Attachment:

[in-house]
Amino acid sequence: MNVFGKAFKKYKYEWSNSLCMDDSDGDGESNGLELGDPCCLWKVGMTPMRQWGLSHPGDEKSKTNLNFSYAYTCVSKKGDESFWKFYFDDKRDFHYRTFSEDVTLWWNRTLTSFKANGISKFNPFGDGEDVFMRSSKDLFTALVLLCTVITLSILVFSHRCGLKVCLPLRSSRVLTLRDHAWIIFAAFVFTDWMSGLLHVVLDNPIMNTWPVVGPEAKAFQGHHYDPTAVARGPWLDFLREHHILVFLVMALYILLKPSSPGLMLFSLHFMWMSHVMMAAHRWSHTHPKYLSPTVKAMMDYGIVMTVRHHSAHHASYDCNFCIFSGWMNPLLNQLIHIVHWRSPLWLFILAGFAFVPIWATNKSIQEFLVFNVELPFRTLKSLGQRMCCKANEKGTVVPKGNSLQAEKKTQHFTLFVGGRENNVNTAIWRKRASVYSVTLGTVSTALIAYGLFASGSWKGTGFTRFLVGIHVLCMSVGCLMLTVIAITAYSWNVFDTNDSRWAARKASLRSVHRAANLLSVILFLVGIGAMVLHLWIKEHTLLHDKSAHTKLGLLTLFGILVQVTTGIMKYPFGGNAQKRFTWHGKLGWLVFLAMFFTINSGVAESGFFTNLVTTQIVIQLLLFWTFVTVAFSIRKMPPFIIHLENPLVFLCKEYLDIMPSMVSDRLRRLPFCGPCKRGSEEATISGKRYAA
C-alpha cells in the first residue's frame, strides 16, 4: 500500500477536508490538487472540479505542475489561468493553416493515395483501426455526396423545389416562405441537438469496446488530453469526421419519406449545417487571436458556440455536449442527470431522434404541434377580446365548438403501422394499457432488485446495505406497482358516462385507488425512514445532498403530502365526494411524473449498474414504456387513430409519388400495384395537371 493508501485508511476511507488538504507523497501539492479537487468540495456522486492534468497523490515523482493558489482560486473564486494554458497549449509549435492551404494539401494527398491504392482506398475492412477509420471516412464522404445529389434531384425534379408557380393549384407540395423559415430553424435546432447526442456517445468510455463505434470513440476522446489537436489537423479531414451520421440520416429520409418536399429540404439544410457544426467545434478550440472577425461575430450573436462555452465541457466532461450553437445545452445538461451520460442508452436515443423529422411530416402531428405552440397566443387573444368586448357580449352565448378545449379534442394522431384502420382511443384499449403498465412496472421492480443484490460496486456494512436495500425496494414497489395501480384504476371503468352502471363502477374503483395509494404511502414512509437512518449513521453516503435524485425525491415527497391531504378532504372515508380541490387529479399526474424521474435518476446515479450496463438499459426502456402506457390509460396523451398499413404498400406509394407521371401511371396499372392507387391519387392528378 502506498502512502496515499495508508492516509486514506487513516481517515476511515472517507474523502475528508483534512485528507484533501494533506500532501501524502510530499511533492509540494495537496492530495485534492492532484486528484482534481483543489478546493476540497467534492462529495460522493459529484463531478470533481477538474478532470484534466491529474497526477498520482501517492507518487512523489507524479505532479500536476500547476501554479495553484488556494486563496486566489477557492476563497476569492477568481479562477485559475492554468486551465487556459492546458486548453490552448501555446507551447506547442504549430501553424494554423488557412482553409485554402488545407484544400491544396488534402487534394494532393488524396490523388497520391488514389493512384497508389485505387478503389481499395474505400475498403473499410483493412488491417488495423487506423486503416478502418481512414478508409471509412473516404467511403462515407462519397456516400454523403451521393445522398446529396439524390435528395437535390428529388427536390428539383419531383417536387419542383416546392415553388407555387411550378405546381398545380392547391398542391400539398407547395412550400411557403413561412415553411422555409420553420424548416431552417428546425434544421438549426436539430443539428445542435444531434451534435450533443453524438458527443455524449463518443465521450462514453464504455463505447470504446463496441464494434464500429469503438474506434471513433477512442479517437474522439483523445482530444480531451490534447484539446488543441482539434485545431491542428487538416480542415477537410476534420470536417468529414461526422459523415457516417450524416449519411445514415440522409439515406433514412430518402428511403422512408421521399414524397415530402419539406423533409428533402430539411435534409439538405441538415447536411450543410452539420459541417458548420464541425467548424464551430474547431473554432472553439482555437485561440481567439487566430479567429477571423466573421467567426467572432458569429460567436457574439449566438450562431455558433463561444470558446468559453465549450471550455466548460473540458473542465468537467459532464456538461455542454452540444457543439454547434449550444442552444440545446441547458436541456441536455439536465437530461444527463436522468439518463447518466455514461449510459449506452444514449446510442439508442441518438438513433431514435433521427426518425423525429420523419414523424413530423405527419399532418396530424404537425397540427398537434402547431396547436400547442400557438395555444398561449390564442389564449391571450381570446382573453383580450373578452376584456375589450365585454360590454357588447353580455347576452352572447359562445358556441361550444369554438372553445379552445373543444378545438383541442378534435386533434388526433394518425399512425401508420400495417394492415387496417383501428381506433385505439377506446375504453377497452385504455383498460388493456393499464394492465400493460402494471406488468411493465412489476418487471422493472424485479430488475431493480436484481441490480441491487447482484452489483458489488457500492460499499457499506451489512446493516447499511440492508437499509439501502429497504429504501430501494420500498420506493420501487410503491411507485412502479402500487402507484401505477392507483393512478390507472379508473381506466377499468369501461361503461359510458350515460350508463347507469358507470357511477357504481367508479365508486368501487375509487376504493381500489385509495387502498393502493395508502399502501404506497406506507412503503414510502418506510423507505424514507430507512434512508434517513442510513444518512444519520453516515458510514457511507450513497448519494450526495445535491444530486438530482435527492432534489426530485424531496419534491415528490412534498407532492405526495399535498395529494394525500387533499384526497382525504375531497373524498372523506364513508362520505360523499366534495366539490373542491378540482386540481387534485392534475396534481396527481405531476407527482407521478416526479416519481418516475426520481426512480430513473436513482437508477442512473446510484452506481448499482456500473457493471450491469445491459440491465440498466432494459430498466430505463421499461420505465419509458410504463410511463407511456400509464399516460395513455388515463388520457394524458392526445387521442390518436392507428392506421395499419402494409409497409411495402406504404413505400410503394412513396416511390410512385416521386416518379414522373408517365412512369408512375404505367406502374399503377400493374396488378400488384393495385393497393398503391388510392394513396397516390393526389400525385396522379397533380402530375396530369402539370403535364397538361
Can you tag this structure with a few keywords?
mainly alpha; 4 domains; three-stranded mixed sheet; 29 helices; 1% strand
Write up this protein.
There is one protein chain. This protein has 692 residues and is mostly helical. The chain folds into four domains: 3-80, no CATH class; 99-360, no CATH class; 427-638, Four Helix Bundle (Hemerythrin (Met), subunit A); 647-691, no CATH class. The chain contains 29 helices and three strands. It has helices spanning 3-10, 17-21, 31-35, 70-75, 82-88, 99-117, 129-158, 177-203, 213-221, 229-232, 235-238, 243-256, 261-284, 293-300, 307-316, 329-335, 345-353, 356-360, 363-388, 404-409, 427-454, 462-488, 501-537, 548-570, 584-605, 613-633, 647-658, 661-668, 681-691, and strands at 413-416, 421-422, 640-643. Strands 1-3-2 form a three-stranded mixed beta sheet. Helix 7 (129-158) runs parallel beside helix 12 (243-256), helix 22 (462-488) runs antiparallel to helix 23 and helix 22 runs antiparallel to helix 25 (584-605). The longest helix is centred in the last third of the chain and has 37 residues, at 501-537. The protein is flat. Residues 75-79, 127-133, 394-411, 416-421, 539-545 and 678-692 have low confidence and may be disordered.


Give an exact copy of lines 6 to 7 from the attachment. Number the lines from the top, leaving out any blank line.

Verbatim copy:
Write up this protein.
There is one protein chain. This protein has 692 residues and is mostly helical. The chain folds into four domains: 3-80, no CATH class; 99-360, no CATH class; 427-638, Four Helix Bundle (Hemerythrin (Met), subunit A); 647-691, no CATH class. The chain contains 29 helices and three strands. It has helices spanning 3-10, 17-21, 31-35, 70-75, 82-88, 99-117, 129-158, 177-203, 213-221, 229-232, 235-238, 243-256, 261-284, 293-300, 307-316, 329-335, 345-353, 356-360, 363-388, 404-409, 427-454, 462-488, 501-537, 548-570, 584-605, 613-633, 647-658, 661-668, 681-691, and strands at 413-416, 421-422, 640-643. Strands 1-3-2 form a three-stranded mixed beta sheet. Helix 7 (129-158) runs parallel beside helix 12 (243-256), helix 22 (462-488) runs antiparallel to helix 23 and helix 22 runs antiparallel to helix 25 (584-605). The longest helix is centred in the last third of the chain and has 37 residues, at 501-537. The protein is flat. Residues 75-79, 127-133, 394-411, 416-421, 539-545 and 678-692 have low confidence and may be disordered.